One hurdle to people doing and saying any of these [relationship enhancing] things is that they don’t feel comfortable enough with their colleagues to even start. Scott Crabtree ran into this at Intel when his division reorganized and he suddenly had to work with people he didn’t know very well. Things got competitive and confrontational fast, and he felt his happiness and productivity drop in lock-step. So he confided in his manager, and was impressed with the response.
“We decided to each give what’s called a Pecha Kucha presentation. In Japanese, Pecha Kucha roughly means chit chat, but it’s a specific format of presentation. Usually, each person brings 20 slides with just pictures on them, and they get 20 seconds to explain each slide. In typical Intel fashion, we cut it to 10 slides and 10 seconds each, but we made the rule that people could only share things about their lives outside of work.”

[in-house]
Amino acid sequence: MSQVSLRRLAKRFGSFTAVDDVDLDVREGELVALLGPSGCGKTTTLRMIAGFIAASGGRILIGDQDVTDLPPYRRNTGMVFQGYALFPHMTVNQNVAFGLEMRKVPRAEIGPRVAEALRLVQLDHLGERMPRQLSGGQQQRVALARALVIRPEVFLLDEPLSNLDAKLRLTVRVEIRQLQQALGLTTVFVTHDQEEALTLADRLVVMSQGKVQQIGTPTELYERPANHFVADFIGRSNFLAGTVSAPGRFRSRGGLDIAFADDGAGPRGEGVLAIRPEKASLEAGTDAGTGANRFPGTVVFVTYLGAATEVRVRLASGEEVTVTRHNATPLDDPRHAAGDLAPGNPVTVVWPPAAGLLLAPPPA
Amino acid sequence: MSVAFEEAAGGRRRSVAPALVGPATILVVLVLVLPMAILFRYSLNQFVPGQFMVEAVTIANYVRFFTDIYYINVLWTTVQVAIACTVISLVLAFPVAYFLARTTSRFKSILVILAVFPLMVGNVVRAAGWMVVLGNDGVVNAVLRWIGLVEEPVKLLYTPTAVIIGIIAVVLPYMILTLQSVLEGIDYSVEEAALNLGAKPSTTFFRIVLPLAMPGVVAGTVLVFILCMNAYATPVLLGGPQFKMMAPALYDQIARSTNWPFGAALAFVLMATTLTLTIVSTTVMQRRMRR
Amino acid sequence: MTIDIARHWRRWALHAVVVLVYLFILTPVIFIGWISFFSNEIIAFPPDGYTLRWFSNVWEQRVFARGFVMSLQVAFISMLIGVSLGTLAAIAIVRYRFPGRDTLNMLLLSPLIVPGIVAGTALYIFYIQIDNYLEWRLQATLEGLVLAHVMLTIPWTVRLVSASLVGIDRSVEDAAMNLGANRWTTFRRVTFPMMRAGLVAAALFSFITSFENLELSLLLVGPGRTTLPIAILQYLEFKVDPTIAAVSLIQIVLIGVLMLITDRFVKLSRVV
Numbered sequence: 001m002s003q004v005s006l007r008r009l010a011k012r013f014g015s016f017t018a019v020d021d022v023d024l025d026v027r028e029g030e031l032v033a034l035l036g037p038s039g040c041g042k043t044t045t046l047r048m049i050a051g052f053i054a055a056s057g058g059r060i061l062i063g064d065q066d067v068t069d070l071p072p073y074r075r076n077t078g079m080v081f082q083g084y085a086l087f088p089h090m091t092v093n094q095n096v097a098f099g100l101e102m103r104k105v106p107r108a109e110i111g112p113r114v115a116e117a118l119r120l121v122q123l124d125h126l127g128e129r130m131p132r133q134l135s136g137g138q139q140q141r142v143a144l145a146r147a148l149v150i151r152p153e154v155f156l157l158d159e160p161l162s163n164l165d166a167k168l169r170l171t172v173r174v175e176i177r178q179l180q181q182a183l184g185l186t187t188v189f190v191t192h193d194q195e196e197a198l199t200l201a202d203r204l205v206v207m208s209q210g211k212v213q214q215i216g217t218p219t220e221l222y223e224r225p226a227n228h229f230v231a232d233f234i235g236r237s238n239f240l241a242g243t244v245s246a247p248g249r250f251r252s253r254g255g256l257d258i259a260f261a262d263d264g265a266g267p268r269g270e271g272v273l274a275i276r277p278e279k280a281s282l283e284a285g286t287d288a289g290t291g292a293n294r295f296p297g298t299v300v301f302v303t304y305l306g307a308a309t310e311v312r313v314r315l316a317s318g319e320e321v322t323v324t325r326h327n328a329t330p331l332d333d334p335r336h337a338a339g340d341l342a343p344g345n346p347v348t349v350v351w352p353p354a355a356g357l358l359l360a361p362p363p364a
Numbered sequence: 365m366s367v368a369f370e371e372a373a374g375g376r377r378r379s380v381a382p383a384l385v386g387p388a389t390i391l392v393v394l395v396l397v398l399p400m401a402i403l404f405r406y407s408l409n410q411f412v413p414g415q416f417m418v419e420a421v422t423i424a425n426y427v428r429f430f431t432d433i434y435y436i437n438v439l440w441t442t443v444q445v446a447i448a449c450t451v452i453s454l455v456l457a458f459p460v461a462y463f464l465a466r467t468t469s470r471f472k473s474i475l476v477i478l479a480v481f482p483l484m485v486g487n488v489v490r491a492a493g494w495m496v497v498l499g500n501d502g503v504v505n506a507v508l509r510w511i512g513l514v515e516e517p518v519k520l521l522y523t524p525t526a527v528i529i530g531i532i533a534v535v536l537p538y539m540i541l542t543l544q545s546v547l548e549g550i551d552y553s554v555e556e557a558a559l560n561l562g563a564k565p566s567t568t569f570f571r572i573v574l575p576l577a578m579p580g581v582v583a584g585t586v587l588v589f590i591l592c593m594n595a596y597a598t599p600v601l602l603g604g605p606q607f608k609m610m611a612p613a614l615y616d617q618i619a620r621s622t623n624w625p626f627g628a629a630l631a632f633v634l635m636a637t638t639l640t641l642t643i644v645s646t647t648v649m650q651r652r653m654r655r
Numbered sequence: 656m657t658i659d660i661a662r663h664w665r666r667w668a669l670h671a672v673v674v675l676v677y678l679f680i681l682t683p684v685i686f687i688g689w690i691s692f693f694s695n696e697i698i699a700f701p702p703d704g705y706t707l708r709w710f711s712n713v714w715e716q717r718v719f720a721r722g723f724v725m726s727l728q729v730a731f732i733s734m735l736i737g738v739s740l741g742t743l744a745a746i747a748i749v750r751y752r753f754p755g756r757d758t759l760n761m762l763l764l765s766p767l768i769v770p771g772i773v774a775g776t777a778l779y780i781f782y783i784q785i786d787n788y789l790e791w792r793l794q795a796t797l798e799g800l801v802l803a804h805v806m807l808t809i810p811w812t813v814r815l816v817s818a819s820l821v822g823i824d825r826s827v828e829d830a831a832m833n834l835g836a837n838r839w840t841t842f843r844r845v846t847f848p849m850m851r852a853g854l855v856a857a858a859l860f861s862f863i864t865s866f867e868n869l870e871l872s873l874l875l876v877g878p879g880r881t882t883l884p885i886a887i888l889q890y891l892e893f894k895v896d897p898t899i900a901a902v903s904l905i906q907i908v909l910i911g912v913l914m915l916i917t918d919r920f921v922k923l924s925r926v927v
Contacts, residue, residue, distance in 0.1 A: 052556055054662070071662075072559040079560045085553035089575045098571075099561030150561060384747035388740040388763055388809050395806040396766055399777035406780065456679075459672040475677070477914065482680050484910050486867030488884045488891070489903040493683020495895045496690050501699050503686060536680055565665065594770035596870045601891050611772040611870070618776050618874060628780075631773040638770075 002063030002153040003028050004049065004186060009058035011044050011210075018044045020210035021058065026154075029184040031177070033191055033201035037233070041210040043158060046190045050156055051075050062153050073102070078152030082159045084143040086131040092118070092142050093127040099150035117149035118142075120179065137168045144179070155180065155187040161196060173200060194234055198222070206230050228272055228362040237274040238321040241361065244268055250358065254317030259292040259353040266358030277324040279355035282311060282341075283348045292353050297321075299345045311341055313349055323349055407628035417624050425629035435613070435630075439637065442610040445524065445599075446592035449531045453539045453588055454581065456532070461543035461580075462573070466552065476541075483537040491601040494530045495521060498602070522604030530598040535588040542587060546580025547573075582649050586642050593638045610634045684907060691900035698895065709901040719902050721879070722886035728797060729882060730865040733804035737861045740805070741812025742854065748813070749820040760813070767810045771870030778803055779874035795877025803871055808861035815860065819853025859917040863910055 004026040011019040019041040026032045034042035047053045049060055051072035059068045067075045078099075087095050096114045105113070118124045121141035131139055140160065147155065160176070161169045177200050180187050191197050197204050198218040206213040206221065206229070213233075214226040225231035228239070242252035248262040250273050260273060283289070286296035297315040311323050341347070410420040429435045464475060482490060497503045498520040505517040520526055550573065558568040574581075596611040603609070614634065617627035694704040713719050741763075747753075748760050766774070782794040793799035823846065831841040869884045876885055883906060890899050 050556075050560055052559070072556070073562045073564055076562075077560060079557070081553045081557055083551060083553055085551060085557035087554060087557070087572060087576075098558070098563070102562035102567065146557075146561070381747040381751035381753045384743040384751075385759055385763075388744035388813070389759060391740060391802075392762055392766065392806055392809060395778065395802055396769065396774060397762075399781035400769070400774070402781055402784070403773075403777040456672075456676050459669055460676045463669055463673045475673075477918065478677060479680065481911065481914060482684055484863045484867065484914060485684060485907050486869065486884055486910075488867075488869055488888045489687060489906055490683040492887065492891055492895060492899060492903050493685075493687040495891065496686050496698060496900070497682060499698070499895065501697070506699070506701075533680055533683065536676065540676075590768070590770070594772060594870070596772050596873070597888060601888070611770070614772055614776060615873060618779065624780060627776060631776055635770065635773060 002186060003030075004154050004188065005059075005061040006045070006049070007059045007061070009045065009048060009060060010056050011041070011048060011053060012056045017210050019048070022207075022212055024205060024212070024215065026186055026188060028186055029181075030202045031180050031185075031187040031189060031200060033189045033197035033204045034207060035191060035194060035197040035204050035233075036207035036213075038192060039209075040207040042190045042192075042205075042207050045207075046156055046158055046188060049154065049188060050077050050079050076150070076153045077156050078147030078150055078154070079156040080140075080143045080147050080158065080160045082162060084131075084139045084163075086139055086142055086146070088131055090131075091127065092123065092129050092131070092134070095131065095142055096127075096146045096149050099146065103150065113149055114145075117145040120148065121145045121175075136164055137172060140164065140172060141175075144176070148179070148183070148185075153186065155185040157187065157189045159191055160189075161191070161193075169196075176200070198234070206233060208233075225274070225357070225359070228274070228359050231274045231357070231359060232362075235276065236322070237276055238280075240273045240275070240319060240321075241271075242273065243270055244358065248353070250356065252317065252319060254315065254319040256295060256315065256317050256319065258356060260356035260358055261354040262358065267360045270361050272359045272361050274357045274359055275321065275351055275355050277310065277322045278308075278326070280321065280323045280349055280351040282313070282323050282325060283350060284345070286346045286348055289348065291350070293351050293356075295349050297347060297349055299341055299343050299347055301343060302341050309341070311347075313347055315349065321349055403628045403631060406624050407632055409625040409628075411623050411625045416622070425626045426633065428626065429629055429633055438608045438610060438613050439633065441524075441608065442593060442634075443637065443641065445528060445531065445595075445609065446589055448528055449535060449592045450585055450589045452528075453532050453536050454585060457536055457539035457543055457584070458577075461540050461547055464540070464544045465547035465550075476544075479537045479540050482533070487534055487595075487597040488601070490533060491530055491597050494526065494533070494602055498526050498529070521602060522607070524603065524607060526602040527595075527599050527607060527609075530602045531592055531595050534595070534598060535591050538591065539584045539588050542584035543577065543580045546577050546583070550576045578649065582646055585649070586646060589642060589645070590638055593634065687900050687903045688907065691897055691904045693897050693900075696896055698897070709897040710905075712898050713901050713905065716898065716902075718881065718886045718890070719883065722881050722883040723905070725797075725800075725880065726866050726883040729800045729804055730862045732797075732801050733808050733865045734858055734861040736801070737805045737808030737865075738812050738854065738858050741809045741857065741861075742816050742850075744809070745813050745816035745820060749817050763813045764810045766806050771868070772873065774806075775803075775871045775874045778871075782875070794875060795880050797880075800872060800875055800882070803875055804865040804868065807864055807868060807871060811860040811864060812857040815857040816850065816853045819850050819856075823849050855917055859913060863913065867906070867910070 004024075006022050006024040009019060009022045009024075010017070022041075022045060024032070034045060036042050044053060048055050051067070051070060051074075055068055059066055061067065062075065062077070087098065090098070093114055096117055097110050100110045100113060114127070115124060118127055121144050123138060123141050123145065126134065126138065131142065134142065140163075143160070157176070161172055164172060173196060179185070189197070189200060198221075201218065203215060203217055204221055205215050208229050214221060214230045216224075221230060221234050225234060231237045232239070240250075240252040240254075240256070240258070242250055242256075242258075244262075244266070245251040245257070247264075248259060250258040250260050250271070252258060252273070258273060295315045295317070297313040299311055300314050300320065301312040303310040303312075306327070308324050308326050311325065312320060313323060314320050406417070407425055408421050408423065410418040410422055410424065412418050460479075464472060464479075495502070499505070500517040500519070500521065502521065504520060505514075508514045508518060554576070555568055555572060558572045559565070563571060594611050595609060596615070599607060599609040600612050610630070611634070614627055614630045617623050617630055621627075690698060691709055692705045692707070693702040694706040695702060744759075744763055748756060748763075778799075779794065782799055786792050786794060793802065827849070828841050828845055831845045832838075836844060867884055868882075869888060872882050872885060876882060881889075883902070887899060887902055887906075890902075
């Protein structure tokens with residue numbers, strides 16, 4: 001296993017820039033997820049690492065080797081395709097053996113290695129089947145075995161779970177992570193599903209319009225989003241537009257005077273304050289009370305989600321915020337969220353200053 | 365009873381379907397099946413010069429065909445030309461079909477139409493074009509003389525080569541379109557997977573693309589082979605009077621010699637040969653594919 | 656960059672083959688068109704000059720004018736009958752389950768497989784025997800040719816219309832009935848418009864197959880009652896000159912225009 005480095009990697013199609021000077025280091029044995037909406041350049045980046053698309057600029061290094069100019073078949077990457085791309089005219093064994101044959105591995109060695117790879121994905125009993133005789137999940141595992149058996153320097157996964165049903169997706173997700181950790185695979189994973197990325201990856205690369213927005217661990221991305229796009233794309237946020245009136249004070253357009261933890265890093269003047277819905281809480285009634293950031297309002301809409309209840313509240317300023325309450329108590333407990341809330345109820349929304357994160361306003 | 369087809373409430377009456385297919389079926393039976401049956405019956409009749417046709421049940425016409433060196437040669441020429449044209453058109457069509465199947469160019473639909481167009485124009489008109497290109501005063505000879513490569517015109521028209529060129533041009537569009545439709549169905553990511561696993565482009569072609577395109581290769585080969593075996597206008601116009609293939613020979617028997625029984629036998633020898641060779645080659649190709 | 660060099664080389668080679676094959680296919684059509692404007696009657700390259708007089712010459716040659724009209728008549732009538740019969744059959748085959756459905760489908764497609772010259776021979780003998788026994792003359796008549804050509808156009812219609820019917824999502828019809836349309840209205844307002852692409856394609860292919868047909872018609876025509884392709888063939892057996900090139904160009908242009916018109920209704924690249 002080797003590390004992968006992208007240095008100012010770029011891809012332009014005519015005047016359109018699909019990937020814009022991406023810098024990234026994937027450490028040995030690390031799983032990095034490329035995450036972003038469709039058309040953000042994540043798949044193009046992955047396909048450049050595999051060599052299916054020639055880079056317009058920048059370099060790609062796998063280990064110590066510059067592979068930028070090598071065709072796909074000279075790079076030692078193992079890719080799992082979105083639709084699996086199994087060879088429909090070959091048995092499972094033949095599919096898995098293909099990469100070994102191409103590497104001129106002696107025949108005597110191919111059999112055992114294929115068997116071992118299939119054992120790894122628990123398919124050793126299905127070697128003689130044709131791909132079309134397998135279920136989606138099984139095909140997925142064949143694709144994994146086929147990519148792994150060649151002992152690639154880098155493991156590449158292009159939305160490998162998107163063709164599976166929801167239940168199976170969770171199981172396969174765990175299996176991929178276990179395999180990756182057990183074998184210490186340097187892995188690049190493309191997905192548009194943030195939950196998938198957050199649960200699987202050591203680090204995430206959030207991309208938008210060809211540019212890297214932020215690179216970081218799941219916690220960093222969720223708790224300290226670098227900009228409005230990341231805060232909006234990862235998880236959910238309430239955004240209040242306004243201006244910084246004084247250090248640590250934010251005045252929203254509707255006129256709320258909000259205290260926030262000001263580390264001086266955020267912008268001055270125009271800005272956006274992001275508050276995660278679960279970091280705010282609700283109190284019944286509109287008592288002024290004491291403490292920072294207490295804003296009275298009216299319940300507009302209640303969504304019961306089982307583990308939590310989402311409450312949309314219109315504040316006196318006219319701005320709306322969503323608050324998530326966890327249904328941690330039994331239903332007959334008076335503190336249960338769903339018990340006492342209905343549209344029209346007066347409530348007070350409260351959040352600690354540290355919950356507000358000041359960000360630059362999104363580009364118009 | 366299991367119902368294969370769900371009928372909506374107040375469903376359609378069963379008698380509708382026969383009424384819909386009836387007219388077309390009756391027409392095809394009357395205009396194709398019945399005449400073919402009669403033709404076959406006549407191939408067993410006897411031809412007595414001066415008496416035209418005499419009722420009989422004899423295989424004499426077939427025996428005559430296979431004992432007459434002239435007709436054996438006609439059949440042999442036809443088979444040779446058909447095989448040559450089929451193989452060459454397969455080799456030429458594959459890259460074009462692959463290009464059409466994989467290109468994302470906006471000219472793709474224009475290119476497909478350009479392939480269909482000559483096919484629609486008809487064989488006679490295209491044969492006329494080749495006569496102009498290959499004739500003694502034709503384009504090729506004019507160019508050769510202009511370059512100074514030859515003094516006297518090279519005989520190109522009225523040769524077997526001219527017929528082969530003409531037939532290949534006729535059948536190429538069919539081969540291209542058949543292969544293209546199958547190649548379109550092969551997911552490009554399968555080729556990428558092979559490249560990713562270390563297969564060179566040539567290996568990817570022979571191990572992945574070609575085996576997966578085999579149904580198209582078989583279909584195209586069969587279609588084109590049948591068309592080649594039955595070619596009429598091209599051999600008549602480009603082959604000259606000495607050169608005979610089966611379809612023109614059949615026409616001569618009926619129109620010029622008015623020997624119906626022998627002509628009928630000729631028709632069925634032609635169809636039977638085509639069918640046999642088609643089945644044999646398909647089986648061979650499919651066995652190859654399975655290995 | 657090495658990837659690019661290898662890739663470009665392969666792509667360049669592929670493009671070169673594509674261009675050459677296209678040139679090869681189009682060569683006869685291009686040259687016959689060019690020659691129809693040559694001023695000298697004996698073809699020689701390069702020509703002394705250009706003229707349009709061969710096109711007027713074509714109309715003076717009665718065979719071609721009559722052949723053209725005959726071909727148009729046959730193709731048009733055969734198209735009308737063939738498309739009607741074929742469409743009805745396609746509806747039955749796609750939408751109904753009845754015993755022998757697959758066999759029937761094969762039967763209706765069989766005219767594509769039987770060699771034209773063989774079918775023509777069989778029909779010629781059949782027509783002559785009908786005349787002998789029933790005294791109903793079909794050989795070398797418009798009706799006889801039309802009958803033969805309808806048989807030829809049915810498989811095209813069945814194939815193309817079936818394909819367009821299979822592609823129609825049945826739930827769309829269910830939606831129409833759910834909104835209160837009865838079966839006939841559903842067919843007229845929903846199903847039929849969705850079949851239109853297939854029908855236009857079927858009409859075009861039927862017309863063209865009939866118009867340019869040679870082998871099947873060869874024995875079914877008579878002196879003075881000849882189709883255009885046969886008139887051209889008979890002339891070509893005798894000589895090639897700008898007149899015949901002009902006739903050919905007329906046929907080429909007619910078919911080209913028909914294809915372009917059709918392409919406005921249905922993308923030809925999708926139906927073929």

Crabtree talked about growing up in Massachusetts, living in Oregon and watching his four-year-old daughter grow up. Others shared similarly personal details. “The difference was immediate and significant,” he says. “We immediately started treating each other less like competitors and more like collaborators. As our cooperation improved, my mood improved. As my mood improved, my productivity improved. It’s the best tool I have ever seen for quickly building trust and understanding on a team.”
Source: “Here’s Why Founders Should Care about Happiness”
Original Publication: First Round Review
Subject: Organizational Behavior